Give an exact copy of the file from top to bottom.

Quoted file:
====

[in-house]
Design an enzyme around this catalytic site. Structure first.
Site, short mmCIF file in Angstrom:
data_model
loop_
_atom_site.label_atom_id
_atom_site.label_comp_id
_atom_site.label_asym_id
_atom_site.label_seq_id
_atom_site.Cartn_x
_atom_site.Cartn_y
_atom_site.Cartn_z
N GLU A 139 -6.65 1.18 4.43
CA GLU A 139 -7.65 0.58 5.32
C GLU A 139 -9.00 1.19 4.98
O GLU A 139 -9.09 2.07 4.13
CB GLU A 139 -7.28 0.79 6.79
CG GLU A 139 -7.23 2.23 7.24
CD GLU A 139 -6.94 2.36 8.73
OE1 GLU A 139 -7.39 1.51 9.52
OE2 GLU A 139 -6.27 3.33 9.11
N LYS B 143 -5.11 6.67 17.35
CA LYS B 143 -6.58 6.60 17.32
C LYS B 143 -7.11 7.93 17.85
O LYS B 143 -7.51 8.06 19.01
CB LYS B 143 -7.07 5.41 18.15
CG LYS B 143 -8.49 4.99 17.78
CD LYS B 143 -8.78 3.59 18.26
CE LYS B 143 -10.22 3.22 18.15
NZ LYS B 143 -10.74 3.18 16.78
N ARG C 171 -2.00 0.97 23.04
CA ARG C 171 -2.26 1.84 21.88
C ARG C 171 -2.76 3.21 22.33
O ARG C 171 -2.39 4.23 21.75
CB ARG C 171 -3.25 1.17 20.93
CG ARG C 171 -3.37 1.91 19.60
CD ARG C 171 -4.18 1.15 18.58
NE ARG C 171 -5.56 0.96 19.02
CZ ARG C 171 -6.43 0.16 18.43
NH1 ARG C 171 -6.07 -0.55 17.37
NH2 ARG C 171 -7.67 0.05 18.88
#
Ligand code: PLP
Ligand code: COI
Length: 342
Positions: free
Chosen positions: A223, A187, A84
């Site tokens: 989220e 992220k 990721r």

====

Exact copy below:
[in-house]
Design an enzyme around this catalytic site. Structure first.
Site, short mmCIF file in Angstrom:
data_model
loop_
_atom_site.label_atom_id
_atom_site.label_comp_id
_atom_site.label_asym_id
_atom_site.label_seq_id
_atom_site.Cartn_x
_atom_site.Cartn_y
_atom_site.Cartn_z
N GLU A 139 -6.65 1.18 4.43
CA GLU A 139 -7.65 0.58 5.32
C GLU A 139 -9.00 1.19 4.98
O GLU A 139 -9.09 2.07 4.13
CB GLU A 139 -7.28 0.79 6.79
CG GLU A 139 -7.23 2.23 7.24
CD GLU A 139 -6.94 2.36 8.73
OE1 GLU A 139 -7.39 1.51 9.52
OE2 GLU A 139 -6.27 3.33 9.11
N LYS B 143 -5.11 6.67 17.35
CA LYS B 143 -6.58 6.60 17.32
C LYS B 143 -7.11 7.93 17.85
O LYS B 143 -7.51 8.06 19.01
CB LYS B 143 -7.07 5.41 18.15
CG LYS B 143 -8.49 4.99 17.78
CD LYS B 143 -8.78 3.59 18.26
CE LYS B 143 -10.22 3.22 18.15
NZ LYS B 143 -10.74 3.18 16.78
N ARG C 171 -2.00 0.97 23.04
CA ARG C 171 -2.26 1.84 21.88
C ARG C 171 -2.76 3.21 22.33
O ARG C 171 -2.39 4.23 21.75
CB ARG C 171 -3.25 1.17 20.93
CG ARG C 171 -3.37 1.91 19.60
CD ARG C 171 -4.18 1.15 18.58
NE ARG C 171 -5.56 0.96 19.02
CZ ARG C 171 -6.43 0.16 18.43
NH1 ARG C 171 -6.07 -0.55 17.37
NH2 ARG C 171 -7.67 0.05 18.88
#
Ligand code: PLP
Ligand code: COI
Length: 342
Positions: free
Chosen positions: A223, A187, A84
């Site tokens: 989220e 992220k 990721r």